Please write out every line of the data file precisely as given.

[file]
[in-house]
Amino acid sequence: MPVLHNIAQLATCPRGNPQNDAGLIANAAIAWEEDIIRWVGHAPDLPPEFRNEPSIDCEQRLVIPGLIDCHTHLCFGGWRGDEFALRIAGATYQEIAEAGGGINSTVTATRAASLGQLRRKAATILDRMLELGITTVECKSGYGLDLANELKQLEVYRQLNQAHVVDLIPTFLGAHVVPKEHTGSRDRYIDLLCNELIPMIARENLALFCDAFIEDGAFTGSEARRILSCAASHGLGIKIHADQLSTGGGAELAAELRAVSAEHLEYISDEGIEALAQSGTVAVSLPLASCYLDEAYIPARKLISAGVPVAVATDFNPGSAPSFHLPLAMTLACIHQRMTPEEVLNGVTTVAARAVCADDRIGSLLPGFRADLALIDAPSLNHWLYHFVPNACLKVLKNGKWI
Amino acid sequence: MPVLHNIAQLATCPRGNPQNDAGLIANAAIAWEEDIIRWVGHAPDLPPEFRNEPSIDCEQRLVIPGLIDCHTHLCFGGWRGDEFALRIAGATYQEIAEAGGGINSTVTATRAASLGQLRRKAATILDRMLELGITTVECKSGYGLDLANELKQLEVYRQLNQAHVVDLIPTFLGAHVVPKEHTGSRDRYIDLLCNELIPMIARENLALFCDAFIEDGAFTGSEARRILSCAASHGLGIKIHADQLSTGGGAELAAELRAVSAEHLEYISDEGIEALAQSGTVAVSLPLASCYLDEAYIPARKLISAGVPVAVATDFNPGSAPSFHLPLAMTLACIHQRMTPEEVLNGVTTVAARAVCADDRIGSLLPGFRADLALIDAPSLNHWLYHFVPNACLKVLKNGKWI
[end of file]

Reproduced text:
[in-house]
Amino acid sequence: MPVLHNIAQLATCPRGNPQNDAGLIANAAIAWEEDIIRWVGHAPDLPPEFRNEPSIDCEQRLVIPGLIDCHTHLCFGGWRGDEFALRIAGATYQEIAEAGGGINSTVTATRAASLGQLRRKAATILDRMLELGITTVECKSGYGLDLANELKQLEVYRQLNQAHVVDLIPTFLGAHVVPKEHTGSRDRYIDLLCNELIPMIARENLALFCDAFIEDGAFTGSEARRILSCAASHGLGIKIHADQLSTGGGAELAAELRAVSAEHLEYISDEGIEALAQSGTVAVSLPLASCYLDEAYIPARKLISAGVPVAVATDFNPGSAPSFHLPLAMTLACIHQRMTPEEVLNGVTTVAARAVCADDRIGSLLPGFRADLALIDAPSLNHWLYHFVPNACLKVLKNGKWI
Amino acid sequence: MPVLHNIAQLATCPRGNPQNDAGLIANAAIAWEEDIIRWVGHAPDLPPEFRNEPSIDCEQRLVIPGLIDCHTHLCFGGWRGDEFALRIAGATYQEIAEAGGGINSTVTATRAASLGQLRRKAATILDRMLELGITTVECKSGYGLDLANELKQLEVYRQLNQAHVVDLIPTFLGAHVVPKEHTGSRDRYIDLLCNELIPMIARENLALFCDAFIEDGAFTGSEARRILSCAASHGLGIKIHADQLSTGGGAELAAELRAVSAEHLEYISDEGIEALAQSGTVAVSLPLASCYLDEAYIPARKLISAGVPVAVATDFNPGSAPSFHLPLAMTLACIHQRMTPEEVLNGVTTVAARAVCADDRIGSLLPGFRADLALIDAPSLNHWLYHFVPNACLKVLKNGKWI